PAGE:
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"The Yishuv (Hebrew: ישוב, literally "settlement") or Ha-Yishuv is the term referring to the body of Jewish residents in Palestine, before the establishment of the State of Israel. The term came into use in the 1880s, when there were about 25,000 Jews living across Palestine, then comprising the southern part of Ottoman Syria, and continued to be used until 1948, by which time there were about 700,000 Jews there. The term is used in Hebrew even nowadays to denote the Pre-State Jewish residents in Palestine.

A distinction is sometimes drawn between the Old Yishuv and the New Yishuv: The Old Yishuv refers to all the Jews living there before the aliyah (immigration wave) of 1882 by the Zionist movement. The Old Yishuv residents were religious Jews, living mainly in Jerusalem, Safed, Tiberias and Hebron. Smaller communities were in Jaffa, Haifa, Peki'in, Acre, Nablus, Shfaram and until 1779 also in Gaza. A large part of the Old Yishuv spent their time studying the Torah and lived off Ma'amodot (stipends), donated by Jews in the Diaspora.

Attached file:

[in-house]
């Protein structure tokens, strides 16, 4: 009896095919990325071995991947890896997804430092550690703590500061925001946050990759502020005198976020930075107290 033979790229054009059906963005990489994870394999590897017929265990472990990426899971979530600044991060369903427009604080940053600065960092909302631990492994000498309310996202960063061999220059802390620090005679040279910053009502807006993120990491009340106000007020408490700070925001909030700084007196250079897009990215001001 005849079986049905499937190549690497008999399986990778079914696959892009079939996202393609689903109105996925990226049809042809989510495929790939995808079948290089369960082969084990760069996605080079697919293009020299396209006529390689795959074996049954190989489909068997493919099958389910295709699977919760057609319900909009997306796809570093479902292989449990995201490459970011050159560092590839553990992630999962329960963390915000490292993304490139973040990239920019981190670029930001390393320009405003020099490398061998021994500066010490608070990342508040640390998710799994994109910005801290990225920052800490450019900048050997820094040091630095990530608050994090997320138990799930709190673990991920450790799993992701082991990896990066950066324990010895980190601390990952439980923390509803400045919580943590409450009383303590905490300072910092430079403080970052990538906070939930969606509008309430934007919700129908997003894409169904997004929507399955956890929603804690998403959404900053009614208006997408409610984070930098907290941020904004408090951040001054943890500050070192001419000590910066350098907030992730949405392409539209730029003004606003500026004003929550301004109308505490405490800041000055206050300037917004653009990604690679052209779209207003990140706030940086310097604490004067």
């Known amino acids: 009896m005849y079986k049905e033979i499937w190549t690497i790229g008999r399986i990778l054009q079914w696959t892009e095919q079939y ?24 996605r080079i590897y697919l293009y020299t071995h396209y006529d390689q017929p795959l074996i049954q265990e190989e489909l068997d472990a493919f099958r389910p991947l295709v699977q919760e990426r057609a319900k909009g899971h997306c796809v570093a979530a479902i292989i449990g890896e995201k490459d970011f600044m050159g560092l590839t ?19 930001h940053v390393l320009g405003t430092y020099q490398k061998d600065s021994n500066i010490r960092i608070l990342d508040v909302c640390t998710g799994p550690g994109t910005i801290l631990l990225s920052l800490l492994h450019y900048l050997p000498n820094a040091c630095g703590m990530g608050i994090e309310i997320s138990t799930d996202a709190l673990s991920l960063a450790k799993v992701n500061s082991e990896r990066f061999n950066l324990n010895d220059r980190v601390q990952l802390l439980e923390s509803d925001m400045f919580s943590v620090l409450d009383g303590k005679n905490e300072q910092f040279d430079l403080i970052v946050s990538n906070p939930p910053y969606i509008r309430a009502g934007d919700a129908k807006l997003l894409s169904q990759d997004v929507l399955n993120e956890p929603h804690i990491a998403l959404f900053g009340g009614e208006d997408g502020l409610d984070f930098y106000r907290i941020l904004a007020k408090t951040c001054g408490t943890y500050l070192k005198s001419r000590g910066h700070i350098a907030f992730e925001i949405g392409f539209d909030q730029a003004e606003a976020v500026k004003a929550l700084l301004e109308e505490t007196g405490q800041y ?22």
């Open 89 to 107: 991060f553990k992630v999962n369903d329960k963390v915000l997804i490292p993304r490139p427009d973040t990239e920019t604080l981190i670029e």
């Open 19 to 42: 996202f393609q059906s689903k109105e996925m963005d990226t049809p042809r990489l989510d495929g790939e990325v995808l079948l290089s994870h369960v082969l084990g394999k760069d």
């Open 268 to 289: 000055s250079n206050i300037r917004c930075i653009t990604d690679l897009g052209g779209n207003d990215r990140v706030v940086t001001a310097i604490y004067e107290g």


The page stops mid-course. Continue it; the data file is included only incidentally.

The New Yishuv refers to those, who began building homes outside the Old City walls of Jerusalem in the 1860s, to the establishers of Petach Tikva and the First Aliyah of 1882, followed by the founding of neighbourhoods and settlements until the establishment of the State of Israel in 1948.